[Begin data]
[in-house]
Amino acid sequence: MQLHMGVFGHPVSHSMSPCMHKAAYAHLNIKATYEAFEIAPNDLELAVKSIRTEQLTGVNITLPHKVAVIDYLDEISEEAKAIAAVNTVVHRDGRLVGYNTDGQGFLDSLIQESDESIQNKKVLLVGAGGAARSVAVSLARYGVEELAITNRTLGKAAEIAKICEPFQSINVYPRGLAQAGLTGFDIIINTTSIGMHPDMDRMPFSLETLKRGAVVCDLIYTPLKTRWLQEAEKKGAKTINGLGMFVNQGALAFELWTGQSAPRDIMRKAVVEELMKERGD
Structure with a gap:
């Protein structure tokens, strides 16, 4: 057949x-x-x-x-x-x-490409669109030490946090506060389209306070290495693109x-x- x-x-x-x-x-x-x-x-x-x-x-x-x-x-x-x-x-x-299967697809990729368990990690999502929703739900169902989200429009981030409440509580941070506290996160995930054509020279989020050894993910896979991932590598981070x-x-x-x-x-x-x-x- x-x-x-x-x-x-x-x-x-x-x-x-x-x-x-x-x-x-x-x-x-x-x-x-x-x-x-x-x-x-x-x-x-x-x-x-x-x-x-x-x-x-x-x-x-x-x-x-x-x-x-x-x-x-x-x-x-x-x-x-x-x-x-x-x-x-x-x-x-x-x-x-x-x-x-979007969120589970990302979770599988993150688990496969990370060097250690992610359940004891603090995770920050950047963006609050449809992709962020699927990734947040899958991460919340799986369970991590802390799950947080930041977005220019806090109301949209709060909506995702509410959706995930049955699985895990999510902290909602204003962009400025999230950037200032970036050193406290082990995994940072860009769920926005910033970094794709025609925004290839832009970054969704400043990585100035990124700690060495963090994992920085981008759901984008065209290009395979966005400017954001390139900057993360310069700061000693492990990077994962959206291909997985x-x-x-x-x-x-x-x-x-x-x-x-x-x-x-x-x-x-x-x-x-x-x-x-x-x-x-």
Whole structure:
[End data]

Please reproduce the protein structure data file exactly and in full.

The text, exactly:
[in-house]
Amino acid sequence: MQLHMGVFGHPVSHSMSPCMHKAAYAHLNIKATYEAFEIAPNDLELAVKSIRTEQLTGVNITLPHKVAVIDYLDEISEEAKAIAAVNTVVHRDGRLVGYNTDGQGFLDSLIQESDESIQNKKVLLVGAGGAARSVAVSLARYGVEELAITNRTLGKAAEIAKICEPFQSINVYPRGLAQAGLTGFDIIINTTSIGMHPDMDRMPFSLETLKRGAVVCDLIYTPLKTRWLQEAEKKGAKTINGLGMFVNQGALAFELWTGQSAPRDIMRKAVVEELMKERGD
Structure with a gap:
């Protein structure tokens, strides 16, 4: 057949x-x-x-x-x-x-490409669109030490946090506060389209306070290495693109x-x- x-x-x-x-x-x-x-x-x-x-x-x-x-x-x-x-x-x-299967697809990729368990990690999502929703739900169902989200429009981030409440509580941070506290996160995930054509020279989020050894993910896979991932590598981070x-x-x-x-x-x-x-x- x-x-x-x-x-x-x-x-x-x-x-x-x-x-x-x-x-x-x-x-x-x-x-x-x-x-x-x-x-x-x-x-x-x-x-x-x-x-x-x-x-x-x-x-x-x-x-x-x-x-x-x-x-x-x-x-x-x-x-x-x-x-x-x-x-x-x-x-x-x-x-x-x-x-x-979007969120589970990302979770599988993150688990496969990370060097250690992610359940004891603090995770920050950047963006609050449809992709962020699927990734947040899958991460919340799986369970991590802390799950947080930041977005220019806090109301949209709060909506995702509410959706995930049955699985895990999510902290909602204003962009400025999230950037200032970036050193406290082990995994940072860009769920926005910033970094794709025609925004290839832009970054969704400043990585100035990124700690060495963090994992920085981008759901984008065209290009395979966005400017954001390139900057993360310069700061000693492990990077994962959206291909997985x-x-x-x-x-x-x-x-x-x-x-x-x-x-x-x-x-x-x-x-x-x-x-x-x-x-x-």
Whole structure: